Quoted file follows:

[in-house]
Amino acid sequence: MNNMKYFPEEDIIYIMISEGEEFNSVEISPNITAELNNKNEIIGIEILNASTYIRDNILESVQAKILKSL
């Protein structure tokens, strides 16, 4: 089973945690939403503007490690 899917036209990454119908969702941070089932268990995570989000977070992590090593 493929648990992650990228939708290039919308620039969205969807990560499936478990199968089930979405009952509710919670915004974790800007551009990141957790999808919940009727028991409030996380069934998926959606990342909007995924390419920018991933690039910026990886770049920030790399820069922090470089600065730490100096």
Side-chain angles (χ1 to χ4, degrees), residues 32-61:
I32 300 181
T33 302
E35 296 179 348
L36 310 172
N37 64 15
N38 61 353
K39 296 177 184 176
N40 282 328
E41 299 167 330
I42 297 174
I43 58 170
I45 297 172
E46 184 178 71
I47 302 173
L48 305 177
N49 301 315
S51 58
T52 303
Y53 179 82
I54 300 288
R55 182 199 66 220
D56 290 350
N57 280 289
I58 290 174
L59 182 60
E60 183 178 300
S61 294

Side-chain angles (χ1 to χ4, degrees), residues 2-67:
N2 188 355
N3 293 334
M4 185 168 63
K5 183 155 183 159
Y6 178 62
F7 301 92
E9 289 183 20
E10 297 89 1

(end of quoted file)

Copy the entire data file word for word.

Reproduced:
[in-house]
Amino acid sequence: MNNMKYFPEEDIIYIMISEGEEFNSVEISPNITAELNNKNEIIGIEILNASTYIRDNILESVQAKILKSL
């Protein structure tokens, strides 16, 4: 089973945690939403503007490690 899917036209990454119908969702941070089932268990995570989000977070992590090593 493929648990992650990228939708290039919308620039969205969807990560499936478990199968089930979405009952509710919670915004974790800007551009990141957790999808919940009727028991409030996380069934998926959606990342909007995924390419920018991933690039910026990886770049920030790399820069922090470089600065730490100096």
Side-chain angles (χ1 to χ4, degrees), residues 32-61:
I32 300 181
T33 302
E35 296 179 348
L36 310 172
N37 64 15
N38 61 353
K39 296 177 184 176
N40 282 328
E41 299 167 330
I42 297 174
I43 58 170
I45 297 172
E46 184 178 71
I47 302 173
L48 305 177
N49 301 315
S51 58
T52 303
Y53 179 82
I54 300 288
R55 182 199 66 220
D56 290 350
N57 280 289
I58 290 174
L59 182 60
E60 183 178 300
S61 294

Side-chain angles (χ1 to χ4, degrees), residues 2-67:
N2 188 355
N3 293 334
M4 185 168 63
K5 183 155 183 159
Y6 178 62
F7 301 92
E9 289 183 20
E10 297 89 1